Black Marine Biologists And Certified Divers Share Best Destinations For Scuba Diving and Snorkeling

Black Marine Biologist doing research underwater
Black Marine Biologist doing research underwater

Encountering a Black marine biologist, marine scientist, and even Black certified scuba divers is rare, even in 2024. Zippia data shows that only three percent of all marine biologists identify as Black.  Meanwhile, Safina Center data reveals that Black people only account for five to eight percent of certified scuba divers worldwide.

Groups like Black in Marine Science (BIMS), the National Association of Black Scuba Divers (NABS), and Black Women in Ecology, Evolution, and Marine Science (BWEEMS) are living proof that Black people love the water and work in marine sciences—contrary to popular belief.

Travel Noire spoke to four industry professionals about the best scuba diving and snorkeling destinations and ways to protect the ocean and wildlife.

Dr. Tiara Moore – Founder/President of Black in Marine Science

Dr. Tiara Moore’s career in marine sciences happened by chance. She had a chance to travel to Costa Rica to sign up for a marine ecology course while an undergrad. She didn’t know at the time that trip would change her trajectory.

Moore was on track to become a pediatrician but wasn’t in love with seeing sick children. She fell in love with marine biology and obtained her master’s in Marine Science from Hampton University before receiving her doctorate.

She has since founded Black in Marine Science (BIMS), a growing community of Black marine scientists, who Dr. Moore says include people who care about the ocean. The nonprofit started with a tweet when Dr. Moore asked, “Where are all my Black marine scientists at?” That response is when Dr. Moore knew she needed to create a community within the industry.

BIMS now serves as a representation and a resource to amplify Black voices in marine science and inspire people who care about marine life.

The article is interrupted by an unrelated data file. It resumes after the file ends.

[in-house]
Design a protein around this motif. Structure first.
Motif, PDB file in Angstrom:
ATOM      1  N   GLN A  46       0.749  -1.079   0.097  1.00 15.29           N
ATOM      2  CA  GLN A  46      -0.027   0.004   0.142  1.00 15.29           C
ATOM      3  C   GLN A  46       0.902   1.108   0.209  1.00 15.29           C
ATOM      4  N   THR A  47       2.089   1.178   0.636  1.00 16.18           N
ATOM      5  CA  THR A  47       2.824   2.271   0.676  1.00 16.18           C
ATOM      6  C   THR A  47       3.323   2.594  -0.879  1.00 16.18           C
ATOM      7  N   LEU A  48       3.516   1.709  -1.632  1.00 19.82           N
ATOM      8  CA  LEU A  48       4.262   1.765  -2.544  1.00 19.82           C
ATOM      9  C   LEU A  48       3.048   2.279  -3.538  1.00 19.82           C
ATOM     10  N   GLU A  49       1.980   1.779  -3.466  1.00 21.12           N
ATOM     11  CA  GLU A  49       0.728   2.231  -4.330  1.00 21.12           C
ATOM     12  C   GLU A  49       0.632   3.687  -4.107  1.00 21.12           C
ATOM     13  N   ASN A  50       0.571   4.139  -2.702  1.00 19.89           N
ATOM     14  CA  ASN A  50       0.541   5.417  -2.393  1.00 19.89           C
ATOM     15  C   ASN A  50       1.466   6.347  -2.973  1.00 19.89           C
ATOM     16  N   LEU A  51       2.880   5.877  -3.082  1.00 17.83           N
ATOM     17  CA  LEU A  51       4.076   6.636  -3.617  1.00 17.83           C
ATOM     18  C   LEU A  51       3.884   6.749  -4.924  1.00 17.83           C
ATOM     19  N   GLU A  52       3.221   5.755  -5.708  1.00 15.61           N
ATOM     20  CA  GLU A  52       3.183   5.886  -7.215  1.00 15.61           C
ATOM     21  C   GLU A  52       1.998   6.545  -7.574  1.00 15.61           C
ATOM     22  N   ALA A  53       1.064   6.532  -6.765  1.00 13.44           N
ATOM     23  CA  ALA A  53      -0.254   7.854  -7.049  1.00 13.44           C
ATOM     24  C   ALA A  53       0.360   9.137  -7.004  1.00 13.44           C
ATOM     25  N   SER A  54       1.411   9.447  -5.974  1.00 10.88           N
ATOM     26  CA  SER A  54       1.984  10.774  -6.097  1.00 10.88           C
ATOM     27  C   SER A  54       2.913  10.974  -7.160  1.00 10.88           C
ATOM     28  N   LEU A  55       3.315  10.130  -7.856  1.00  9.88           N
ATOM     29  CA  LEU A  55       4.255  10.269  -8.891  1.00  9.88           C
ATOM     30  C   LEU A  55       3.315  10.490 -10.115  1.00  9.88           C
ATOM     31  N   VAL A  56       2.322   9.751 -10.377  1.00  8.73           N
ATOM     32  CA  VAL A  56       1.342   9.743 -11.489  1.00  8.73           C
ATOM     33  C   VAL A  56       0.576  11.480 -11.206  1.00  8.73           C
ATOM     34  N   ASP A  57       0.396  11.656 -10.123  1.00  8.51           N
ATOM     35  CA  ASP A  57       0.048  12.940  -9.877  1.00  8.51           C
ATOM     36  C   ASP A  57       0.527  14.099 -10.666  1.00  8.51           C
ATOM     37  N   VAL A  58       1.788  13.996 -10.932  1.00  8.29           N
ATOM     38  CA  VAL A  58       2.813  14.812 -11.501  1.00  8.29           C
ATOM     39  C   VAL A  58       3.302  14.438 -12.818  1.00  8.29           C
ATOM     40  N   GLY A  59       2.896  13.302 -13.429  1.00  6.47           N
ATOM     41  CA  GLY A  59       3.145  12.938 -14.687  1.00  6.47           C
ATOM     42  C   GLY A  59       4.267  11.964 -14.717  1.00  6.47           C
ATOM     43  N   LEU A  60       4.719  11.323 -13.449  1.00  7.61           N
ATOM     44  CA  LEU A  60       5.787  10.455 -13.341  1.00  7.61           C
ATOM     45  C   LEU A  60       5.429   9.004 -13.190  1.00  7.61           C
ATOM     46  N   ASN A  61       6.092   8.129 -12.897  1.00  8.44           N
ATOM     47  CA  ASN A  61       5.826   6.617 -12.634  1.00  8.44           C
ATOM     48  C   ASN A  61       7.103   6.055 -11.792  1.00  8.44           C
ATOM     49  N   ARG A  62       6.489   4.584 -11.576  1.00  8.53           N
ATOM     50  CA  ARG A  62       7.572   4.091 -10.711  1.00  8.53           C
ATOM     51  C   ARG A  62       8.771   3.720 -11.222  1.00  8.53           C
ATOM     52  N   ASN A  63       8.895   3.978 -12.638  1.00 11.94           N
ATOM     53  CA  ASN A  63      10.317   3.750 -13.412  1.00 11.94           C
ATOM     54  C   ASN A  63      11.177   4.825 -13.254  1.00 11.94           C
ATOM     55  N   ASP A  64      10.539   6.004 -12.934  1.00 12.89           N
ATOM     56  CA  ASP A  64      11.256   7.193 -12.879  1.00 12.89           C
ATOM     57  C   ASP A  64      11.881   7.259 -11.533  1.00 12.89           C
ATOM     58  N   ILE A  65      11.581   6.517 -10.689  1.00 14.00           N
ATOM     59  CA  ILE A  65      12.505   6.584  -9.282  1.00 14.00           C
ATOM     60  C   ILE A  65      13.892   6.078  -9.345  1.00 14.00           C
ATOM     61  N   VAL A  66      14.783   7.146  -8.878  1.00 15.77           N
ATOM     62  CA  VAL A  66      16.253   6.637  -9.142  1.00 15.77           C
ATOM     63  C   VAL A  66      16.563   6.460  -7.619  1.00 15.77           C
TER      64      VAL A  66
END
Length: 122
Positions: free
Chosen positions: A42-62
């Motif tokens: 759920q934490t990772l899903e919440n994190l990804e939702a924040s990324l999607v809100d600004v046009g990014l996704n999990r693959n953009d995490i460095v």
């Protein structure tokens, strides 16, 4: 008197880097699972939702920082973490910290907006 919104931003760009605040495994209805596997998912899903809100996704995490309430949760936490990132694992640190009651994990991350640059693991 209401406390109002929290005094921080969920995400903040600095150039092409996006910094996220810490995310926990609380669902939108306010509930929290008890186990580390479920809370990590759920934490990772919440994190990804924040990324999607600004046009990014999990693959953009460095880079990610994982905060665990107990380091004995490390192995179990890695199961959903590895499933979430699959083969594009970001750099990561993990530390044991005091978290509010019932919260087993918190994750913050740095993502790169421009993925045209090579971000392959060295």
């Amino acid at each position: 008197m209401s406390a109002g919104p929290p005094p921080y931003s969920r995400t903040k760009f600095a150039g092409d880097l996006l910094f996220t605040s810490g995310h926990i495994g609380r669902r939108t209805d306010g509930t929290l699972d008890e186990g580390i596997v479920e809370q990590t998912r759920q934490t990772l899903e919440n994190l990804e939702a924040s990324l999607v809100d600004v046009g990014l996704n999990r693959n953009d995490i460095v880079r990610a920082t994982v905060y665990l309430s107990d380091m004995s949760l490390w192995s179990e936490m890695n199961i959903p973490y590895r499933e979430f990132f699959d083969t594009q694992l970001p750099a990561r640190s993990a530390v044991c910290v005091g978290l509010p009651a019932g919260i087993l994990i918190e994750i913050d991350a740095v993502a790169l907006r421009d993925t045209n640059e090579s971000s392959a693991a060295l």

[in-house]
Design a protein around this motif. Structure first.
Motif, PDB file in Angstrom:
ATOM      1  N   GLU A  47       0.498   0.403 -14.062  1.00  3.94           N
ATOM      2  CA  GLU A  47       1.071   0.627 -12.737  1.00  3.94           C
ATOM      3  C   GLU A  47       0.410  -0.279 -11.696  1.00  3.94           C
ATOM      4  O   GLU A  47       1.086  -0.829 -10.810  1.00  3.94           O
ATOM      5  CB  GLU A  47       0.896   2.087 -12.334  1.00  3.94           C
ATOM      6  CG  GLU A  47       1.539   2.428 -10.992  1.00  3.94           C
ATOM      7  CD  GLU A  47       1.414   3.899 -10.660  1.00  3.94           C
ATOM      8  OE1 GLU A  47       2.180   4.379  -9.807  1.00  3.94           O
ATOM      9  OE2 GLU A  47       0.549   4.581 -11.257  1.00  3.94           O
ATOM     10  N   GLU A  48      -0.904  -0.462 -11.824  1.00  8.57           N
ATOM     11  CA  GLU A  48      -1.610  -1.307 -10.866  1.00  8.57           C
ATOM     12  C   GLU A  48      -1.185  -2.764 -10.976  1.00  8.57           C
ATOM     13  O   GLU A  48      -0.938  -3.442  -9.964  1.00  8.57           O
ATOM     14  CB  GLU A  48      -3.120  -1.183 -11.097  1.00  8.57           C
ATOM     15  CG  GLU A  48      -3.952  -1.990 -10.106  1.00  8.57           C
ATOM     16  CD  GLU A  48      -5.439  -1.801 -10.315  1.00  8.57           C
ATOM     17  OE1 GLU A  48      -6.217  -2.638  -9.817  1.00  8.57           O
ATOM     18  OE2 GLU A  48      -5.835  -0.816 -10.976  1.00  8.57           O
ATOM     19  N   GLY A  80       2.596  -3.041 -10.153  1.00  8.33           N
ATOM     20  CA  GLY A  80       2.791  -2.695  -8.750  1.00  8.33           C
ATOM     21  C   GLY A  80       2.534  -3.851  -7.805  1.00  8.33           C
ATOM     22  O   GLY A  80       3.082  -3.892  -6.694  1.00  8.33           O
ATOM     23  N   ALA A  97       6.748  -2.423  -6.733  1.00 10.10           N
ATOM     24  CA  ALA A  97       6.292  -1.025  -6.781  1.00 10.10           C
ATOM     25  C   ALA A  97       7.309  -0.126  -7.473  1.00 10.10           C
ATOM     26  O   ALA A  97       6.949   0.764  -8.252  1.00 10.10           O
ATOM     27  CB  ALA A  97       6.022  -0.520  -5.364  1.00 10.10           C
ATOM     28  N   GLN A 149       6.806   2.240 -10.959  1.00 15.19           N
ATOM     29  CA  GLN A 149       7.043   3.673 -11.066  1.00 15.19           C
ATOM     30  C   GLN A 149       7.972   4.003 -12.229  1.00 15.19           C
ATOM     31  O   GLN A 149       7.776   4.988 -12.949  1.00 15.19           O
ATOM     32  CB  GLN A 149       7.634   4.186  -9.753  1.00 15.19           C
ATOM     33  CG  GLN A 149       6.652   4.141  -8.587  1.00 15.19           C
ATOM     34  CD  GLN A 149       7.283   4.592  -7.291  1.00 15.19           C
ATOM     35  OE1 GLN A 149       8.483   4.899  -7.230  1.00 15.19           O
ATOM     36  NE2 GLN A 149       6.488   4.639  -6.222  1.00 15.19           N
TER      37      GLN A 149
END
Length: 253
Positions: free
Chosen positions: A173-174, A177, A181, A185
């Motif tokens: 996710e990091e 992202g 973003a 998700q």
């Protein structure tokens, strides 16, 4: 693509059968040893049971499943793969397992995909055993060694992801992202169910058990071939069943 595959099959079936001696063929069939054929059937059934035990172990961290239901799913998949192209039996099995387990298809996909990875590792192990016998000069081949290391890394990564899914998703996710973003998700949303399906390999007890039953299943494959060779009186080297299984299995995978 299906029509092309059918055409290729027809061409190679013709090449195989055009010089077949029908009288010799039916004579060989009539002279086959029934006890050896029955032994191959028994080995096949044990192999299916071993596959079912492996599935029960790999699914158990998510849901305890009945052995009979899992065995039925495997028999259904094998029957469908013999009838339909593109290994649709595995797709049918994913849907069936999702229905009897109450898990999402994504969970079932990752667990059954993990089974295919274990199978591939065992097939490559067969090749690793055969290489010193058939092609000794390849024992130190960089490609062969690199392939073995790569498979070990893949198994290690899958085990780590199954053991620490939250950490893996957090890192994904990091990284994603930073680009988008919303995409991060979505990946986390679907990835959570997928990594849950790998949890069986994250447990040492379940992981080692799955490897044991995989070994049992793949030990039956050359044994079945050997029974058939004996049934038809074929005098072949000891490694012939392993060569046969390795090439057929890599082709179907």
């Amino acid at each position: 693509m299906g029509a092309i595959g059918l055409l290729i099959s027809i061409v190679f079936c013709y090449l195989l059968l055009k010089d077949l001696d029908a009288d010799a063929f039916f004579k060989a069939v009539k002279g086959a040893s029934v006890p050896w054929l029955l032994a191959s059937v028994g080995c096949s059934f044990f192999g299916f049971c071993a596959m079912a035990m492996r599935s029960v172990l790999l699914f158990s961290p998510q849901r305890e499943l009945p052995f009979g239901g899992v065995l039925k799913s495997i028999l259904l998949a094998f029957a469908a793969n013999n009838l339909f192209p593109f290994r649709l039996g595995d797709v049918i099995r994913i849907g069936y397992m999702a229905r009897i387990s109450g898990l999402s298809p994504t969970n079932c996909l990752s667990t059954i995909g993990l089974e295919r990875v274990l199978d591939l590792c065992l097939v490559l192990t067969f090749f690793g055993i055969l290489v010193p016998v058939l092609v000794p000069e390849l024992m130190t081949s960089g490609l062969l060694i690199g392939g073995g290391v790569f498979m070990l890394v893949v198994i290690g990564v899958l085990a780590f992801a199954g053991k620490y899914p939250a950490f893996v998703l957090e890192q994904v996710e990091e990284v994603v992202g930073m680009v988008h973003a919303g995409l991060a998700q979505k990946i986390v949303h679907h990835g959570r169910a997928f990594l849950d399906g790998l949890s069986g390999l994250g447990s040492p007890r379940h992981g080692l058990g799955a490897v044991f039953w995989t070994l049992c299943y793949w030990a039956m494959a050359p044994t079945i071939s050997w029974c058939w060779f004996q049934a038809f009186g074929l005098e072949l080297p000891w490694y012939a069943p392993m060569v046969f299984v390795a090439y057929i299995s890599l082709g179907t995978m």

When Dr. Moore is not getting ready to host the next event or educational show on YouTube, she’s out scuba diving. One of her favorite places is Silk Cayes in Belize.

“I live in Belize now that I fell in love,” she tells Travel Noire. “My partner and I love going on diving dates, especially to Silk Caye. I’ve been to a lot of places, and what I love about Silk Cayes is you don’t need a wetsuit, just a rash guard, and you can come close to sharks. Don’t worry. They’re nice sharks and won’t bother you.”

Andrea R. Williams – President, National Association of Black Scuba Divers (NABS)

Andrea Williams has been diving since the 1990s and spent years being used to be the only Black scuba diver. Around 2009, she was on a diving site in Dutch Springs, Pennsylvania, when she met Tony McNeal, the first president of NABS. McNeal noticed Williams didn’t have a pair of diving botties for the rough rocks in the water and offered hers. Williams realized McNeal was part of something larger going on that weekend because it was the first time she saw a significant number of Black divers and instructors. The Atlantic Rangers Scuba Club was hosting its annual family and friends weekend.

From then on, Williams, who says she’s a scientist who loves coral, has been involved ever since. In addition to serving as the current president of NABS, she’s the operations manager for Black Women in Ecology, Evolution, and Marine Sciences.

For Williams, Southeast Asia is the first place that comes to mind for great diving adventures.

“The diving was really nice in Thailand because I got to see quite a lot of marine life that you don’t get to see anywhere else,” she says. There were a good number of sharks and different types of fish that you don’t get to see in other parts of the world.”

After Thailand, Williams enjoys diving in the Pacific Ocean and The Indian Ocean.

“The great Pelagics are just wonderful to see in the Maldives,” she adds. “I saw whale sharks and manta rays and played hide-and-seek with an octopus. In Maui, I saw giant sea turtles up close, and the variety of coral was fascinating. It’s always warm, which is something I also love.”

Darrell Elcock – Certified Diver with Advanced Certification

Darrell Elcock, Certified Diver with Advanced Certification
Photo credit: Darrell Elcock